- Perhaps the most important problem limiting the performance and utility of electronic biomedical devices that are implanted in tissue is the reactive response near the electrode that limits performance over extended periods of time. In the cortex, this is known to involve the activation of microglia and astrocytes, and the associated die-off of target cells (neurons) in a region of ~100 microns proximal to the probe surface. Strategies to overcome this problem have included the use of anti-inflammatory agents and neurotrophic factors. However, it is not clear that inflammatory agents will work over the long term. Attracting the neurons to the electrode is also a strategy that may not work well, since the inorganic electrode surface represents an interface between the hard metallic or semiconducting engineered device and the much softer organic tissue, and is thus inevitably a mechanically unstable environment that is dangerous for cell viability. It would therefore be useful if there were some alternative means to create nanoscale, electronically active filaments that were an extension of the metal electrodes, providing an efficient means of communication across the reactive scar and out into the surrounding tissue. Here we propose a method that may accomplish this by the direct, in- vivo polymerization of conducting polymers such as poly(3,4-ethylenedioxythiophene) (PEDOT). PEDOT is a conjugated polymer that is effective at facilitating charge transport between metallic electrodes and ionically conductive tissue. In previous work in our laboratory, we have shown that PEDOT coatings can help to improve the performance of biomedical devices such as microfabricated cortical probes in vivo. We have also demonstrated that PEDOT can be electrochemically polymerized around living cells both in-vitro and in-vivo. In slice cultures, we have shown that PEDOT can be grown out and into cortical tissue for 1000 microns or more, much larger than the ~100 micron size typical of the reactive cell layer. However many questions remain about the detailed methods of polymerization, including monomer delivery rates, influence of healing, and the viability and remodeling of cells in the polymerization zone. In this project we will investigate the in-vivo polymerization of PEDOT into living tissue, and will evaluate its impact on the performance of the biomedical devices of interest. We will investigate the role of wound healing around the probe on the subsequent polymerization and associated cell physiology in the reactive zone by waiting for different periods of time before initiating the reaction. We will focus our attention on microfabricated cortical electrodes of interest to the Center for Neural Communications Technology at the University of Michigan, directed by Daryl Kipke. This method has the potential to revolutionize the performance of a wide variety of implantable electronic biomedical devices including cortical probes, retinal implants, deep brain stimulators, and cardiac pacemakers. If this novel research eventually proves to be successful, there is considerable potential to move these methods from the laboratory to further development. Certain aspects of this work are related to inventions disclosed to the University of Michigan Technology Transfer Office, and under commercial development by Biotectix LLC, a spin-off company. Prof. Martin is a Co- Founder and Chief Scientific Officer for Biotectix LLC (www.biotectix.com).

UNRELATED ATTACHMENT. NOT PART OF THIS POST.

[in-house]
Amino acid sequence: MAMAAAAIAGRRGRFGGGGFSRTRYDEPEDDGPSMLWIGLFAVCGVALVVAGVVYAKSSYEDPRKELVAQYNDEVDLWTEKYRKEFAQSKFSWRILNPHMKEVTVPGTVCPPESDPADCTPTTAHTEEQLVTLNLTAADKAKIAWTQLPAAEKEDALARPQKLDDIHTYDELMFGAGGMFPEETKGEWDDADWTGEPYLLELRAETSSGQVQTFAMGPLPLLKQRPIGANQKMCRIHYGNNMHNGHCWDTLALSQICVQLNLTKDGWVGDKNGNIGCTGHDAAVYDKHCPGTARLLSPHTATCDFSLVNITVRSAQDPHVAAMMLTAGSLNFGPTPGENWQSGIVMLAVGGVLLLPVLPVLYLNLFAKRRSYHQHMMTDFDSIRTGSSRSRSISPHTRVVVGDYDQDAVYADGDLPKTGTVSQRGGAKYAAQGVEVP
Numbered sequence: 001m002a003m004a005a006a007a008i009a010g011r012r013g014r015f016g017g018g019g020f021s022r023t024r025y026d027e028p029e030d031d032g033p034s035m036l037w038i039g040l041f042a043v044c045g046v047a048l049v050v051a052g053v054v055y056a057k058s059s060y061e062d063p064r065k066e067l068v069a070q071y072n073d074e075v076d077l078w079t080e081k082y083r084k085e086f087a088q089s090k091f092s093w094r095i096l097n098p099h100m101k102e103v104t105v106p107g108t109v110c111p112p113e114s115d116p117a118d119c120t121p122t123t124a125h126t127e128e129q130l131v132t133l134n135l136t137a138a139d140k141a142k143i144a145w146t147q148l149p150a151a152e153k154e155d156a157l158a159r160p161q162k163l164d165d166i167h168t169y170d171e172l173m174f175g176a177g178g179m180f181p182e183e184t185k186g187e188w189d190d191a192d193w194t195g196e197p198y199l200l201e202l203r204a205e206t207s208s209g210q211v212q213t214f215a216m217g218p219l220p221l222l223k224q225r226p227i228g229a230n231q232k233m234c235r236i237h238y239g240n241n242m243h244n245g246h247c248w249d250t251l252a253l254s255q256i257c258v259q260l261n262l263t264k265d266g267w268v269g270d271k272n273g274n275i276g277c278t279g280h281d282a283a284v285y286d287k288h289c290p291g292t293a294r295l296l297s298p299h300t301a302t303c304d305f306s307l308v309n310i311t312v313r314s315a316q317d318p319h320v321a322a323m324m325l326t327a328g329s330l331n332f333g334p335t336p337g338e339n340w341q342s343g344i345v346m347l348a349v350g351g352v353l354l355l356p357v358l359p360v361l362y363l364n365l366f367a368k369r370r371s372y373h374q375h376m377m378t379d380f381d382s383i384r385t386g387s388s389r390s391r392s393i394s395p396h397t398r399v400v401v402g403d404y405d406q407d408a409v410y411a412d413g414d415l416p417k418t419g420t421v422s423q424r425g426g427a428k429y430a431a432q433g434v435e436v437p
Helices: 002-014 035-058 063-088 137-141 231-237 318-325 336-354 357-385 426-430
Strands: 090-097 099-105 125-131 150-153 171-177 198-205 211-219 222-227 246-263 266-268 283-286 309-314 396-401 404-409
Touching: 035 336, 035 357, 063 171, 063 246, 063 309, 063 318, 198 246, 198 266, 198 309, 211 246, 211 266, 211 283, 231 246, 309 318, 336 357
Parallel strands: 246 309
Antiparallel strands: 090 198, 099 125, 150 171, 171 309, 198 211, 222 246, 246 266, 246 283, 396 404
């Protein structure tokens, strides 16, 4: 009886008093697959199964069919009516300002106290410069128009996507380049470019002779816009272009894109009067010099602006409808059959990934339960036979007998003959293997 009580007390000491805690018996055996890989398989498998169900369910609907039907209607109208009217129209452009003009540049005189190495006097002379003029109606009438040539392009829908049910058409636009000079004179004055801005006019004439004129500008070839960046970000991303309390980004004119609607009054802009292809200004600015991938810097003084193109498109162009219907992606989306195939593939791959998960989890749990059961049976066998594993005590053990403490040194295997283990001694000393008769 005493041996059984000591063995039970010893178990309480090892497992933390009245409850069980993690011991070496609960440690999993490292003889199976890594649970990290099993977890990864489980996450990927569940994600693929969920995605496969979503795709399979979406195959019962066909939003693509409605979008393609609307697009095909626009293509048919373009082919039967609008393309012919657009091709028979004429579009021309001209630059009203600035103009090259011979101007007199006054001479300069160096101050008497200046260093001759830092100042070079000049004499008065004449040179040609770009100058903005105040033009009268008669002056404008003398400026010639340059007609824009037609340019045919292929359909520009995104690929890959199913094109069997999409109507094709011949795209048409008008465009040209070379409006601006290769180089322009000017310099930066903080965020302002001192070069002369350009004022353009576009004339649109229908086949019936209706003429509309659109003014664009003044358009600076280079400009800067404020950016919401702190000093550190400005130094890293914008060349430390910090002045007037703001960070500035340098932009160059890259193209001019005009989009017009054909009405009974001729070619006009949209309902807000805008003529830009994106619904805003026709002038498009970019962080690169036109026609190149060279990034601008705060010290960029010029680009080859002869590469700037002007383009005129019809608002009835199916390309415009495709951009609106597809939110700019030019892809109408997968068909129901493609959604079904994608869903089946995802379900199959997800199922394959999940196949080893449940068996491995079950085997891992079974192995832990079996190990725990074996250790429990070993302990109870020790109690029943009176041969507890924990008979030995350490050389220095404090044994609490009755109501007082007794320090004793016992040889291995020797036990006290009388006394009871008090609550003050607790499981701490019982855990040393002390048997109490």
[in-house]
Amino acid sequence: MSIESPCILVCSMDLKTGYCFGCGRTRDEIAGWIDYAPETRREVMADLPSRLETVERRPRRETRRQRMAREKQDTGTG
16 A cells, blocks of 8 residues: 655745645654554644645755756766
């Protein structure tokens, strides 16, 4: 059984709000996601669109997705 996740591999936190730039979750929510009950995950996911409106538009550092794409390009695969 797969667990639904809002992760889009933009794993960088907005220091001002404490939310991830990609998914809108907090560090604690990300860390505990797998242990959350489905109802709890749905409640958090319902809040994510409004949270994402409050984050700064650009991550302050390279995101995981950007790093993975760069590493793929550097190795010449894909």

Public Health Relevance

This project describes the design and evaluation of materials and methods for improving the integration of hard, inert, electronic biomedical devices with soft, ionically- conducting living cortical tissue via the direct polymerization of conducting polymers. These methods may help improve the long-term performance of microfabricated cortical electrodes. This work also has implications for the design and performance of a wide variety of therapeutic medical devices including peripheral nerve interfaces, cochlear implants, and cardiac pacemakers.

National Institute of Health (NIH)
National Institute of Biomedical Imaging and Bioengineering (NIBIB)
Research Project (R01)
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Special Emphasis Panel (ZMH1-ERB-L (05))
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Peng, Grace
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University of Delaware
Engineering (All Types)
Schools of Engineering
United States
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